MoviePass CEO: Just Kidding, We're Not Tracking You

Wednesday, 14 Mar, 2018

We know all about you.

MoviePass takes its members' privacy extremely seriously, and our current Terms of Use and Privacy Policy accurately state the ways in which we use data. "Through a mix of exuberance about our future and joking around, I mischaracterized how MoviePass locates our members", he wrote in the letter.

We understand that you may have further questions, so have included an additional FAQ page for your reference.

MoviePass CEO, Mitch Lowe received some scrutiny when he recently bragged about his popular APP practice of tracking customers before and after they went to the movies. While we do create partnerships with theaters and studios in which we offer statistical data on ticket use and other trends, we never share our members' identities or personal information or personal data with anyone.

After Lowe's comments during the panel discussion were made public, MoviePass issued a statement to this news organization echoing Lowe's point.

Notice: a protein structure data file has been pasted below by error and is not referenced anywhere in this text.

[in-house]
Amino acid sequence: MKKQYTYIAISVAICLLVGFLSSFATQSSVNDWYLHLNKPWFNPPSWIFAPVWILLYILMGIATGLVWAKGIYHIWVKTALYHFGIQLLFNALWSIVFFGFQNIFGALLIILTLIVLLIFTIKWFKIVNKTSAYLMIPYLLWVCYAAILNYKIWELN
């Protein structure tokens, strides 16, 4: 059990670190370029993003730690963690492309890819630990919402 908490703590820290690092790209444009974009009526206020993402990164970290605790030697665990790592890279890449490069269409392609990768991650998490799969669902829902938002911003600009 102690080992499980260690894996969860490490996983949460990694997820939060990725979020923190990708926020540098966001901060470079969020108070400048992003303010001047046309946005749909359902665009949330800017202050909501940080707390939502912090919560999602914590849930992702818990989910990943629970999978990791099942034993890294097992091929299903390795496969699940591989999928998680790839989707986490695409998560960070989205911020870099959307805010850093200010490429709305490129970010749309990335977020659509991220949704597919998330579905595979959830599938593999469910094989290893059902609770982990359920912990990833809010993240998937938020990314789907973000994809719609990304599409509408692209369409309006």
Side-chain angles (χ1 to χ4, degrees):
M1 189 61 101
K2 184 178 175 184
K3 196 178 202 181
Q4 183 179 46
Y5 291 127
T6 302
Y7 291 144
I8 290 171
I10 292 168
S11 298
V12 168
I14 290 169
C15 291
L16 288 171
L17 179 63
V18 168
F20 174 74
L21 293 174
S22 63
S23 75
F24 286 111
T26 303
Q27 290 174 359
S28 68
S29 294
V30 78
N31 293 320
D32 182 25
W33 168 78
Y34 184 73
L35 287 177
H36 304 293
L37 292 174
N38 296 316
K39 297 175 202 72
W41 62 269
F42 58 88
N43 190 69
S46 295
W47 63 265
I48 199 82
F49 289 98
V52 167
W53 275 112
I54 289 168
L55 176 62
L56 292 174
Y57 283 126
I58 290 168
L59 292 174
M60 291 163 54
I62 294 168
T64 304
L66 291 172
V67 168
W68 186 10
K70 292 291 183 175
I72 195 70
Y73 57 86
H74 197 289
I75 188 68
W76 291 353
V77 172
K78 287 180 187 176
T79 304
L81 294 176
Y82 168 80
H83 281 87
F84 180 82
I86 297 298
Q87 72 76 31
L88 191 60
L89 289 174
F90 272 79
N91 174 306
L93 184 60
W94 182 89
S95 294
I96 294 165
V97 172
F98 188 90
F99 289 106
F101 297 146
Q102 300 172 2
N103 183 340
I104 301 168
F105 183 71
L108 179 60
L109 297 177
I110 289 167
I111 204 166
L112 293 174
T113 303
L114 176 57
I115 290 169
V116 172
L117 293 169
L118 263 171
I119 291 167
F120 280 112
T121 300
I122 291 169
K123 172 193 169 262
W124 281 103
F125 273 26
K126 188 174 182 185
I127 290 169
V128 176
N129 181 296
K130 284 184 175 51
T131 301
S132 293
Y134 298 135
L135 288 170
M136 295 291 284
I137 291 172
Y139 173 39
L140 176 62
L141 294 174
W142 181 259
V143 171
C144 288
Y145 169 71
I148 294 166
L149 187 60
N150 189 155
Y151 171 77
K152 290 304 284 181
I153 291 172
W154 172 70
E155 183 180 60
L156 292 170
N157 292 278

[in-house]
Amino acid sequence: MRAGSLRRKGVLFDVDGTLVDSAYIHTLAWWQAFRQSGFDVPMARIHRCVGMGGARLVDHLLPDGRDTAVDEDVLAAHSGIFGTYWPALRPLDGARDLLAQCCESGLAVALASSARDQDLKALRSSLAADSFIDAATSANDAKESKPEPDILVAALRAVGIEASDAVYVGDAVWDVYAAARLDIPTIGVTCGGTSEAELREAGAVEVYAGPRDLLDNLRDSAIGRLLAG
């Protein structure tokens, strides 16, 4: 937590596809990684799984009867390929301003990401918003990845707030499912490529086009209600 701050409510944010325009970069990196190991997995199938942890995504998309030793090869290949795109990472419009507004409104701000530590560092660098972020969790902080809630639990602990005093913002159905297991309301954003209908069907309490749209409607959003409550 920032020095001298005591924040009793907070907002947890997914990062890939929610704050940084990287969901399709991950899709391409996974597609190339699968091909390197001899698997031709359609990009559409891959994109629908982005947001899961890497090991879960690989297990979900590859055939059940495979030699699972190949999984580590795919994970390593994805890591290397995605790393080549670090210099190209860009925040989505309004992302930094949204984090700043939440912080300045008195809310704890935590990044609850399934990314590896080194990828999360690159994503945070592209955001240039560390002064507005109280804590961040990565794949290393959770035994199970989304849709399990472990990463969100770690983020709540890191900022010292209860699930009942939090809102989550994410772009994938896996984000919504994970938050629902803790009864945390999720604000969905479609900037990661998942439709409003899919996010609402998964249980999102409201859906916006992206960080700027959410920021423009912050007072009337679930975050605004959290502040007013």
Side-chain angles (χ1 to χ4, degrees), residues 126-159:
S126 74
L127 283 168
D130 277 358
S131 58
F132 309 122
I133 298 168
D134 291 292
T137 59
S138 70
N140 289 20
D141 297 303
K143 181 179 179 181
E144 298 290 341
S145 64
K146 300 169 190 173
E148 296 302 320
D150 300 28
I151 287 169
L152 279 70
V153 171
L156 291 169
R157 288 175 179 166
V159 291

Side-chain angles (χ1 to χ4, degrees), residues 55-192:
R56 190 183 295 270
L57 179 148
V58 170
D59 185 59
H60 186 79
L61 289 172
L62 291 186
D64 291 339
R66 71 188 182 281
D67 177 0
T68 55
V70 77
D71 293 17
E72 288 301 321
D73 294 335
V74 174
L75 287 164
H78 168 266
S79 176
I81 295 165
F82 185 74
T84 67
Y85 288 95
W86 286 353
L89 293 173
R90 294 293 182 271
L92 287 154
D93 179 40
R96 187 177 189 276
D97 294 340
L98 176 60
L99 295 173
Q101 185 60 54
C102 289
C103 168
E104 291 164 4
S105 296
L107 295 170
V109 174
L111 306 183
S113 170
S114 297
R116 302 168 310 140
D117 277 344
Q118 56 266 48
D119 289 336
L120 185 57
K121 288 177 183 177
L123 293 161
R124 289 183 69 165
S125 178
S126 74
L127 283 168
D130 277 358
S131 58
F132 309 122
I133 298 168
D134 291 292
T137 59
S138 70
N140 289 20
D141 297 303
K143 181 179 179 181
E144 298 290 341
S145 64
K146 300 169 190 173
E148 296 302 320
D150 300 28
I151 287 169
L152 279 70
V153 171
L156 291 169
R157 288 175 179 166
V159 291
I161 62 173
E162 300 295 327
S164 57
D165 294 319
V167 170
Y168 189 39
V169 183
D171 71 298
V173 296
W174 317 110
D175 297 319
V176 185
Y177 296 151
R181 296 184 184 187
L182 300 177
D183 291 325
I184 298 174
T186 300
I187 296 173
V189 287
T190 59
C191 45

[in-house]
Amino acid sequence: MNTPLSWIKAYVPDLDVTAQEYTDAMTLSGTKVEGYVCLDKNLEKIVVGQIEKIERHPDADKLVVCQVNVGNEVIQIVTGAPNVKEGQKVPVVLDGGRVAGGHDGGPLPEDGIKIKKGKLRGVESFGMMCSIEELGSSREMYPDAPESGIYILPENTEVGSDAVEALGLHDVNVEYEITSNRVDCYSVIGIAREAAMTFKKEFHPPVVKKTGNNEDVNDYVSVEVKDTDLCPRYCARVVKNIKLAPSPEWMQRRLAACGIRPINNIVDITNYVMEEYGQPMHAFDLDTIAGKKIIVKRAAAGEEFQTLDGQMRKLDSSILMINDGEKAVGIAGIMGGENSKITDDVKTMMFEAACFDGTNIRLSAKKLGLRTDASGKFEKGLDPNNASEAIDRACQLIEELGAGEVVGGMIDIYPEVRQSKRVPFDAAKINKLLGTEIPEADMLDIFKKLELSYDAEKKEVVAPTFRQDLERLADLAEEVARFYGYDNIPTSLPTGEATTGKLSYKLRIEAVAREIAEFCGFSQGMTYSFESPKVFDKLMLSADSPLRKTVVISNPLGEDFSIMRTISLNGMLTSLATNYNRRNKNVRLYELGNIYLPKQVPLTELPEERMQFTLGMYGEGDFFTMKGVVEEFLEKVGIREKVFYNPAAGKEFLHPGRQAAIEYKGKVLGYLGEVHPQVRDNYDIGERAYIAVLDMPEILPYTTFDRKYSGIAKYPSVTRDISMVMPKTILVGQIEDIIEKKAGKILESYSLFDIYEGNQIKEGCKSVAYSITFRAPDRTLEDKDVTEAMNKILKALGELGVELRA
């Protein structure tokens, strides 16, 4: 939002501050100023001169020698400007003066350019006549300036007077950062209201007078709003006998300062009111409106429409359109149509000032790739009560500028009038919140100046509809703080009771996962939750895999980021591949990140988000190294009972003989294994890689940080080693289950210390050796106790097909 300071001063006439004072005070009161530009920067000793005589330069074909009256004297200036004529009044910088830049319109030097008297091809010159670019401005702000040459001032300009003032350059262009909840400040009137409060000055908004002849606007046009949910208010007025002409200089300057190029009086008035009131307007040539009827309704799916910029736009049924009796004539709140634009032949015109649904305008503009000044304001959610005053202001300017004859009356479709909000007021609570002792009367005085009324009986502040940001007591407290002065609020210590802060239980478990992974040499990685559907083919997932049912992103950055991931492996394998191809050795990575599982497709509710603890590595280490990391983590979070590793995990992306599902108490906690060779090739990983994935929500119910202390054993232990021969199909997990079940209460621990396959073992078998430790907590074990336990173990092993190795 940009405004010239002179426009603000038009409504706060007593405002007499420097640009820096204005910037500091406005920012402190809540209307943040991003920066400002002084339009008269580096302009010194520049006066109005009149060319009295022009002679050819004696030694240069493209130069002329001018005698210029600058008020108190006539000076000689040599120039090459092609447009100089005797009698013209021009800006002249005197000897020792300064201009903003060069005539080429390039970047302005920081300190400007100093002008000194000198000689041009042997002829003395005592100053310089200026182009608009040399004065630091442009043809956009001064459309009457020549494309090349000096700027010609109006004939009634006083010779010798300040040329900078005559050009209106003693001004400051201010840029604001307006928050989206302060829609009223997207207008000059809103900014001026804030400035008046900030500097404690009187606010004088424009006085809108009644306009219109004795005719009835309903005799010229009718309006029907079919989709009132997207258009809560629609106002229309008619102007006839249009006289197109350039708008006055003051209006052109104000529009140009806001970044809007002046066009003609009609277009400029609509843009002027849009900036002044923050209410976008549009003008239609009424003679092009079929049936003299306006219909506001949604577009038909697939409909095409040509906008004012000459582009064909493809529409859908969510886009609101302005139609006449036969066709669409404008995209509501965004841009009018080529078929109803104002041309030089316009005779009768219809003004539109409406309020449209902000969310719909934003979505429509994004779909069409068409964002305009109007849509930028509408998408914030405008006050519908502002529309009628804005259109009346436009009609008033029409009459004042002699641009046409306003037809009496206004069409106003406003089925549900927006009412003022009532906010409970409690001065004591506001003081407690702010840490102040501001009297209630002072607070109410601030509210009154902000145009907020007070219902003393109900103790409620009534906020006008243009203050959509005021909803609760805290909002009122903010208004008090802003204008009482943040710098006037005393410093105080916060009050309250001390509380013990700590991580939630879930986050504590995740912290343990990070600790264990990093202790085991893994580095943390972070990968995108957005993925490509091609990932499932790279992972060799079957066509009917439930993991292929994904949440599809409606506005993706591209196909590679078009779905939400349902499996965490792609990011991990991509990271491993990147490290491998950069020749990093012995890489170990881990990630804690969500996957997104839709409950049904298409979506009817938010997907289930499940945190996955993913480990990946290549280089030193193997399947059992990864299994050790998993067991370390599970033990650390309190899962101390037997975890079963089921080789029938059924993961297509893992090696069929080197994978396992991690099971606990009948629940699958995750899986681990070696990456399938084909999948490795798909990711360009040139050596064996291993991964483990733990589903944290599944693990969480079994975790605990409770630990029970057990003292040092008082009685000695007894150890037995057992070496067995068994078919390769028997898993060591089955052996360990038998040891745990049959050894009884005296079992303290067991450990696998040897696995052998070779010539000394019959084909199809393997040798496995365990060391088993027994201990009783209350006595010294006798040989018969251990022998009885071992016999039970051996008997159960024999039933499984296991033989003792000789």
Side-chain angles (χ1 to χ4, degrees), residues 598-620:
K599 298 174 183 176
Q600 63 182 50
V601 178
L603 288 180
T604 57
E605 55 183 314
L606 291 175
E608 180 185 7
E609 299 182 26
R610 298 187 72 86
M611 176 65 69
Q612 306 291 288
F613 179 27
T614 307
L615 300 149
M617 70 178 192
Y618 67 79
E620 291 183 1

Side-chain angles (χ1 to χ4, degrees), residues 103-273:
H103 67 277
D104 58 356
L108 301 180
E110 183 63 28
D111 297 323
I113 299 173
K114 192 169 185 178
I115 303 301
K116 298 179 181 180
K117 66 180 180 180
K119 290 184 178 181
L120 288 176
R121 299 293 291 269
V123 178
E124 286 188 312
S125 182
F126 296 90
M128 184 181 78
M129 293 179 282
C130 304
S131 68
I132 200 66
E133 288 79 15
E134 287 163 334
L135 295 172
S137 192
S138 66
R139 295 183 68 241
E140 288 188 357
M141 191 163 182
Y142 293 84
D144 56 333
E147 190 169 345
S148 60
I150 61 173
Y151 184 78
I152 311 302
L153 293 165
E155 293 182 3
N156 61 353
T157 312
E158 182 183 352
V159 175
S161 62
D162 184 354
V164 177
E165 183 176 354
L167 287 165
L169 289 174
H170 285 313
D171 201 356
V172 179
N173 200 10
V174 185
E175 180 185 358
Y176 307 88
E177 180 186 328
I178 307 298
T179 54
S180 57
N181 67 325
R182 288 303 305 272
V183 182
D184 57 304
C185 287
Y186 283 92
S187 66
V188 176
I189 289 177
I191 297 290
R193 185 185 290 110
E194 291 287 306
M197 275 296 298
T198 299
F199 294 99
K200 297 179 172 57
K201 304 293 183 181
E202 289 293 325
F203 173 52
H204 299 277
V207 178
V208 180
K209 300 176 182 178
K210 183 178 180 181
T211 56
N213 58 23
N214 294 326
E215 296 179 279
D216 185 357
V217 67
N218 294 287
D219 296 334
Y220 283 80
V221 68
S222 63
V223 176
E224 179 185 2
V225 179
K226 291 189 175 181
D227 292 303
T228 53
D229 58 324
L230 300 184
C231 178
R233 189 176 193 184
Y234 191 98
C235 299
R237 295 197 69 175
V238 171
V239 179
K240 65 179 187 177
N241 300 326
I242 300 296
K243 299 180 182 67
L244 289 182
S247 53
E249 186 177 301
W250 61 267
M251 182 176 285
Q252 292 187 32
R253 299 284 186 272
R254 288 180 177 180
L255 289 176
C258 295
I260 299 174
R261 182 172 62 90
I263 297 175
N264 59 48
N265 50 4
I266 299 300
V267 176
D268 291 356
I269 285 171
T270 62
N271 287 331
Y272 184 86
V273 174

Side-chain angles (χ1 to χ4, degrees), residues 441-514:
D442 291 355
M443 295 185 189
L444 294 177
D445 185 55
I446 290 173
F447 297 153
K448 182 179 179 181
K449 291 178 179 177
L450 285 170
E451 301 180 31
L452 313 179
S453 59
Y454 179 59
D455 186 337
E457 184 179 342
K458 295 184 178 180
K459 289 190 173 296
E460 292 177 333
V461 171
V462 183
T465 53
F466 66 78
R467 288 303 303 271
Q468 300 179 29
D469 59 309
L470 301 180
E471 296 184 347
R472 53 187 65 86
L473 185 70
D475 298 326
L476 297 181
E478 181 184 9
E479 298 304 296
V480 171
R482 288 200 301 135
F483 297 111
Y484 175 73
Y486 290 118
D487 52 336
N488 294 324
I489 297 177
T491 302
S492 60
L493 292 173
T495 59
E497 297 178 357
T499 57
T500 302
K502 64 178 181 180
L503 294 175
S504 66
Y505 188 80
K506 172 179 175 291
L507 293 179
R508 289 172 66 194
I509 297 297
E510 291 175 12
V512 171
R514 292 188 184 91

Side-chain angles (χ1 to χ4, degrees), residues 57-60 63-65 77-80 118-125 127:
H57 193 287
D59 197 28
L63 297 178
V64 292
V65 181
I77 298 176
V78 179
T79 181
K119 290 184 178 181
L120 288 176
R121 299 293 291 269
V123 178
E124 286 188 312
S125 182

Last week, MoviePass released a cryptic update for its iOS app that "removed unused location capabilities".

As for users who made a decision to unsubscribe to the now $7.95 / month movie every day (with certain restrictions) fee, Lowe said there were around "half a dozen" customers who did that because they were unhappy with his (mistaken?) revelations. The letter was published on the MoviePass website and clarifies that the app now uses standard location services on an "opt-in" basis.

"We only know where they are at that instant. What we do is we use that data to market film".

Lowe also added that if MoviePass desires to expand data collection and sharing capabilities in the future, the company will notify users about this change and allow them to opt-in or opt-out of the service.

According to Lowe, about "half a dozen" customers said they canceled their service over the privacy concerns. "It's not a huge number", he said. The company has more than 2 million subscribers, and Lowe said he expected to hit 5 million subscribers and account for almost 20 percent of all US box office ticket purchases by the end of the year. They still want to build a "whole night at the movies" but they will always ask users to opt in or opt out of location tracking.

The service lets members see a movie in the theater every day for $9.95 a month for existing subscribers or $105.35 a year, paid up front, for new ones. What do you think of Lowe's remarks? We don't know where they go afterwards, we don't record it.